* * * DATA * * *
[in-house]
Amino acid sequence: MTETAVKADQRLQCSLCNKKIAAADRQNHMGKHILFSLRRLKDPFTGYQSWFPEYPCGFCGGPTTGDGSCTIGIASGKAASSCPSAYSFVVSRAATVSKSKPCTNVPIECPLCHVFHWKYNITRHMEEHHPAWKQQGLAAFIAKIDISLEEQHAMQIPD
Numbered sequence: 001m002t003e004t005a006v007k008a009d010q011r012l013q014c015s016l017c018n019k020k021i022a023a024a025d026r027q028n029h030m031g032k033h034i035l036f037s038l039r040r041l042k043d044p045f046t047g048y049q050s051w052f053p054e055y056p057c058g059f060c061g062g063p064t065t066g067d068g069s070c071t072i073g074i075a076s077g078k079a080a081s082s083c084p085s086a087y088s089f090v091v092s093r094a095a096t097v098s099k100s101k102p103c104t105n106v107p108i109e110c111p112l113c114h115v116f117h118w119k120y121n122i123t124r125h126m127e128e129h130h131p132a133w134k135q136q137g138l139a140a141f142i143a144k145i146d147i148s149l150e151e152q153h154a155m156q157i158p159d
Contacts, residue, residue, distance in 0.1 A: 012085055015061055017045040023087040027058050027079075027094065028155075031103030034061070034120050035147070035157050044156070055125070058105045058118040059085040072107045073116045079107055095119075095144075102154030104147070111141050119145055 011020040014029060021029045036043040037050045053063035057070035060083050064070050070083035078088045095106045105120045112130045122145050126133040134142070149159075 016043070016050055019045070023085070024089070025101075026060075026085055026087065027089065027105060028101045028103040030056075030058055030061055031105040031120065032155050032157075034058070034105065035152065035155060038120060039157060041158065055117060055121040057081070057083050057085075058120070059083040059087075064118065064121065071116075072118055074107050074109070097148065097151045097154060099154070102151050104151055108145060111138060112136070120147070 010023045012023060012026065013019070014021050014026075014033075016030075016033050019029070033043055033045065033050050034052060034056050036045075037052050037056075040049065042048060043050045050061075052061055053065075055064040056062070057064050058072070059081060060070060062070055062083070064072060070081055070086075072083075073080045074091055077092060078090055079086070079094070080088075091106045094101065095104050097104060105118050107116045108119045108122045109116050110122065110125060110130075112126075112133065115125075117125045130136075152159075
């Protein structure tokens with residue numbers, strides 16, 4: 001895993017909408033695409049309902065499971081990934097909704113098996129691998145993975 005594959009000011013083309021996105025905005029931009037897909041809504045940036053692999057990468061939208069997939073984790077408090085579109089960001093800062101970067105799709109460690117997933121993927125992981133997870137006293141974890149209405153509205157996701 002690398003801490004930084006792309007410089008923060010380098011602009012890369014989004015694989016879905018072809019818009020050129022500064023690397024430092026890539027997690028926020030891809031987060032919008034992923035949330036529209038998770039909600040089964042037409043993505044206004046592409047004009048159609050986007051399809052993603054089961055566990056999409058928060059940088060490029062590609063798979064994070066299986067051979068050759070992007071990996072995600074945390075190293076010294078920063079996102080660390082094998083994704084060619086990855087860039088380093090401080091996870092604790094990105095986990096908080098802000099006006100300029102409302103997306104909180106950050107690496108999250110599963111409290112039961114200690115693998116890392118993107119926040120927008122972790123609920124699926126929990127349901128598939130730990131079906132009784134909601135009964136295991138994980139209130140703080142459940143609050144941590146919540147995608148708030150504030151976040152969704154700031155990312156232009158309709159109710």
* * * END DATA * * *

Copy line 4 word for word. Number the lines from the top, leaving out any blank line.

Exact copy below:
Contacts, residue, residue, distance in 0.1 A: 012085055015061055017045040023087040027058050027079075027094065028155075031103030034061070034120050035147070035157050044156070055125070058105045058118040059085040072107045073116045079107055095119075095144075102154030104147070111141050119145055 011020040014029060021029045036043040037050045053063035057070035060083050064070050070083035078088045095106045105120045112130045122145050126133040134142070149159075 016043070016050055019045070023085070024089070025101075026060075026085055026087065027089065027105060028101045028103040030056075030058055030061055031105040031120065032155050032157075034058070034105065035152065035155060038120060039157060041158065055117060055121040057081070057083050057085075058120070059083040059087075064118065064121065071116075072118055074107050074109070097148065097151045097154060099154070102151050104151055108145060111138060112136070120147070 010023045012023060012026065013019070014021050014026075014033075016030075016033050019029070033043055033045065033050050034052060034056050036045075037052050037056075040049065042048060043050045050061075052061055053065075055064040056062070057064050058072070059081060060070060062070055062083070064072060070081055070086075072083075073080045074091055077092060078090055079086070079094070080088075091106045094101065095104050097104060105118050107116045108119045108122045109116050110122065110125060110130075112126075112133065115125075117125045130136075152159075